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Is investing in 20-25 stocks really the best form of diversification?

Yes. You can be well diversified even with less stocks. Owning hundreds of stocks will not protect you against systemic risk. If there is a recession and panic, everybody sells everything, then it really doesn’t matter how many stocks you own. And if you want to be protected against a failure of one stocks vs. the others, just make sure you pay attention to the proper stock correlation so your positions can hedge each other. That means, you need to look for companies which act in opposite way, for example, if oil companies go down, which companies are correlated in the opposite manner and go up? And then of course, you want to pick good businesses and know them and monitor them. If you do this right (and bad news is that very few know what to do in lieu of blatantly buying everything and thinking that they are diversified) then you can be literally diversified with only 2 stocks. But, that would mean to learn a lot about hedging.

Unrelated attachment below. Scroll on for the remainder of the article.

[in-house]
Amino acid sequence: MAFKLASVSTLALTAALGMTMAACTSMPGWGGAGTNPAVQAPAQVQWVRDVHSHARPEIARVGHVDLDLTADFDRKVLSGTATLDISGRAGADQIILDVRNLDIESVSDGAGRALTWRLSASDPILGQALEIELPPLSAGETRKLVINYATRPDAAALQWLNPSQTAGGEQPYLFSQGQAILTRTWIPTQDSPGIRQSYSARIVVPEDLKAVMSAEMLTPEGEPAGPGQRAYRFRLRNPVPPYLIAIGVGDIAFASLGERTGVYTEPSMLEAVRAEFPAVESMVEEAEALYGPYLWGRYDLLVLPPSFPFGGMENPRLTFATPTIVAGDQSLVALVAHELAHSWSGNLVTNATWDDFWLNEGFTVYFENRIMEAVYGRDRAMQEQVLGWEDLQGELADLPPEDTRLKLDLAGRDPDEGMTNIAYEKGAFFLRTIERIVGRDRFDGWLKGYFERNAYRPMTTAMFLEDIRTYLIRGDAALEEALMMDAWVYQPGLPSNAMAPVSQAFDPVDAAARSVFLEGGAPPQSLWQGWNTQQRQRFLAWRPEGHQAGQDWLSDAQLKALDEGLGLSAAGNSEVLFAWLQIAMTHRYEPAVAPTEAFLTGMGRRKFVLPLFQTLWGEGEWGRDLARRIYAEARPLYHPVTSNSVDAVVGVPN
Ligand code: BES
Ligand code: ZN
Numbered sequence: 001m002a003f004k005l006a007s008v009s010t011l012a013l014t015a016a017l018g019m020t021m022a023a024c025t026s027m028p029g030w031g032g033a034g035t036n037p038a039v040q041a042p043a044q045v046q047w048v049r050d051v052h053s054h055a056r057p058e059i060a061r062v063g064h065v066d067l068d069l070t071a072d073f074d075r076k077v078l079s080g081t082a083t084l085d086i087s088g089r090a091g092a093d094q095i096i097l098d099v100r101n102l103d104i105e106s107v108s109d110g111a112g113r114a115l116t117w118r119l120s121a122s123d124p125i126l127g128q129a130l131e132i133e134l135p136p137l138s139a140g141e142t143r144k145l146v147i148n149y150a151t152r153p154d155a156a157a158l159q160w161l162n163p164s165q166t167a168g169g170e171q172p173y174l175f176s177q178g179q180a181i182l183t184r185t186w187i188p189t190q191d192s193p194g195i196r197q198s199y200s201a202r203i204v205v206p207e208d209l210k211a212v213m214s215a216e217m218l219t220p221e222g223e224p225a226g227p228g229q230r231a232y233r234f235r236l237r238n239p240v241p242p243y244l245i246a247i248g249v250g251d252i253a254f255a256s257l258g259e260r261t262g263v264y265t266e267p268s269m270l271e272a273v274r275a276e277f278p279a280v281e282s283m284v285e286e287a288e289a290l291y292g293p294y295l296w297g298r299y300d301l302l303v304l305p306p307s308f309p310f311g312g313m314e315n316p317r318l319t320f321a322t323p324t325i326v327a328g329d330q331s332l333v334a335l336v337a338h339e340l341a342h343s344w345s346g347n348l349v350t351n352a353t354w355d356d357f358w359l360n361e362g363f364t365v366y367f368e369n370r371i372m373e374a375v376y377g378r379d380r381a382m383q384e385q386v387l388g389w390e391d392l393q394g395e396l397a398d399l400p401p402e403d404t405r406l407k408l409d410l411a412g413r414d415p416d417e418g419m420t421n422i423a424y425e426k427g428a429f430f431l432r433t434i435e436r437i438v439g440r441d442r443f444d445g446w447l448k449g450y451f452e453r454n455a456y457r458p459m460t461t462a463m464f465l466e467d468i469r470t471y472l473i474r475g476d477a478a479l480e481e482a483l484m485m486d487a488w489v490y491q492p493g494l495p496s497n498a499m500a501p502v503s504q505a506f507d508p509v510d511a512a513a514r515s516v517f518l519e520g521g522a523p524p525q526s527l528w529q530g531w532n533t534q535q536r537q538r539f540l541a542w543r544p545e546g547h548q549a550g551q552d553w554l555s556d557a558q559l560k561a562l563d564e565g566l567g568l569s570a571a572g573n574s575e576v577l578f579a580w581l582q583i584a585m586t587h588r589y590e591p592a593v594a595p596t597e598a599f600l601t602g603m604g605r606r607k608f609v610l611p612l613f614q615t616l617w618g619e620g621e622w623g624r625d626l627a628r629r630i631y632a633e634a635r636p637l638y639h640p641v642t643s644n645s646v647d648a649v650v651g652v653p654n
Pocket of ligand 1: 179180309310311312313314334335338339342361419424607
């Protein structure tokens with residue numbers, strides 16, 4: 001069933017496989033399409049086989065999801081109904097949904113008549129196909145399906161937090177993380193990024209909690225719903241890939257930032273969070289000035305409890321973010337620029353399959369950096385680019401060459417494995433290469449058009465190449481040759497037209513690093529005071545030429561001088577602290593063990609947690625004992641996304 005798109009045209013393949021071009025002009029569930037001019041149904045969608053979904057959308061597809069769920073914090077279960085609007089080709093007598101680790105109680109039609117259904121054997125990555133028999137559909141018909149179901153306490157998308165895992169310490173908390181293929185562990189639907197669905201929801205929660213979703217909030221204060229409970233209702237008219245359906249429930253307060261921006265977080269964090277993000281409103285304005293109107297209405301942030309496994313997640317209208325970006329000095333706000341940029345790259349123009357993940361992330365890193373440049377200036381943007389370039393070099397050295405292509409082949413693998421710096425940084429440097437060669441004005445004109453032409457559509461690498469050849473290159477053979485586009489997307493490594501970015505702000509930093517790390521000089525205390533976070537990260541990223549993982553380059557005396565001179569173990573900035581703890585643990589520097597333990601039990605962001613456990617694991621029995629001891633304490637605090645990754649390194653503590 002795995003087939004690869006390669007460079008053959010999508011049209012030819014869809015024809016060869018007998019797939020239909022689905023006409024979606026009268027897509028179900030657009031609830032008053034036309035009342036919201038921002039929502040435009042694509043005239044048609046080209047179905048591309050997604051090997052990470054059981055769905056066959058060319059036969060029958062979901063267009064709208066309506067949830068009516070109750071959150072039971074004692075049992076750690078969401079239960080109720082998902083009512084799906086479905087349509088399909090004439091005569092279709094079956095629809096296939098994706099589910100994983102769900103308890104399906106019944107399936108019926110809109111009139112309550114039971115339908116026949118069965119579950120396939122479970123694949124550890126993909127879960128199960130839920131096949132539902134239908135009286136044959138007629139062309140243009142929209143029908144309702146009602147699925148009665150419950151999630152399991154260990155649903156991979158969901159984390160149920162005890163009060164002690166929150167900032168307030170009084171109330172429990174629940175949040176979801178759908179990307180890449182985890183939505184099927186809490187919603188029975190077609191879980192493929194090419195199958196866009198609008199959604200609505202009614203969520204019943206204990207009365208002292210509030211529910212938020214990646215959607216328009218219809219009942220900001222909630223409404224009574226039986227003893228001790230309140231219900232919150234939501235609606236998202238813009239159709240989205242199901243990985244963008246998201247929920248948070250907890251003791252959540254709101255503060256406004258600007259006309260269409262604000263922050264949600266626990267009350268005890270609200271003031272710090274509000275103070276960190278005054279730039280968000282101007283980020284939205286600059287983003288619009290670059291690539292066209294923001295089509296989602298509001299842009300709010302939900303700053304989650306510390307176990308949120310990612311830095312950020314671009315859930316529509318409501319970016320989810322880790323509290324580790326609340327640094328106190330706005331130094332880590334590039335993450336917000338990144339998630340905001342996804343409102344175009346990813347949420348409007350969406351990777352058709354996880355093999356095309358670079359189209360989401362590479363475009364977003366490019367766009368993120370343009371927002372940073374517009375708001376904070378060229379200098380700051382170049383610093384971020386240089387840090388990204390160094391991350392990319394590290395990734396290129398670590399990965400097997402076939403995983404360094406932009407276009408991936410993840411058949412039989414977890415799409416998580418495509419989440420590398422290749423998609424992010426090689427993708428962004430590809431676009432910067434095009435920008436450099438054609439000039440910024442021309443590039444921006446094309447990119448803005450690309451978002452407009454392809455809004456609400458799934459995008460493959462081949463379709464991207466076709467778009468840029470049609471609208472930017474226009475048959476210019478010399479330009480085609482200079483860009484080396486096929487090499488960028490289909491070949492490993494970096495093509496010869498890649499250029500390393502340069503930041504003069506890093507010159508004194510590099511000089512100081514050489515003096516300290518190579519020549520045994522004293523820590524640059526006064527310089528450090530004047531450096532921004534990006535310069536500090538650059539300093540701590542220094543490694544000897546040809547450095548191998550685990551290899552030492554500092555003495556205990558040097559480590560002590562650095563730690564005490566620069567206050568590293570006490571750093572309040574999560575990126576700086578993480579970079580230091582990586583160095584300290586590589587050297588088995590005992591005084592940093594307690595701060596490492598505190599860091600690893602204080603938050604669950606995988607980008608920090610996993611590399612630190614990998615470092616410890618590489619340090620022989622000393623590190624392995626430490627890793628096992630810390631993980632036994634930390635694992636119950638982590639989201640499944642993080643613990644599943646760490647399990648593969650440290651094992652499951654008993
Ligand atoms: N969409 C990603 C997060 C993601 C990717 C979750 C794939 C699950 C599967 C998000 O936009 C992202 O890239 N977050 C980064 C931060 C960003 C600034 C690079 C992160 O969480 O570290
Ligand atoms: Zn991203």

I myself own in one portfolio only about 10 companies. One went bankrupt (it was a speculative oil company and I stupidly let it go instead of ditching it as soon as I saw troubles), yet my portfolio is significantly up.

William O’Neil wrote about diversification I think back in 2006-ish (I really no longer remember) and concluded that owning many companies not only will not protect you but it will also be difficult to monitor them and watch them that they still meet your criteria. In my IRA account I have a lot more companies and it is really hard to follow them all. So do not bury yourself in a huge portfolio and get lost in it. Pick only a few and familiarize yourself with them and know them in and out as if they were your businesses.

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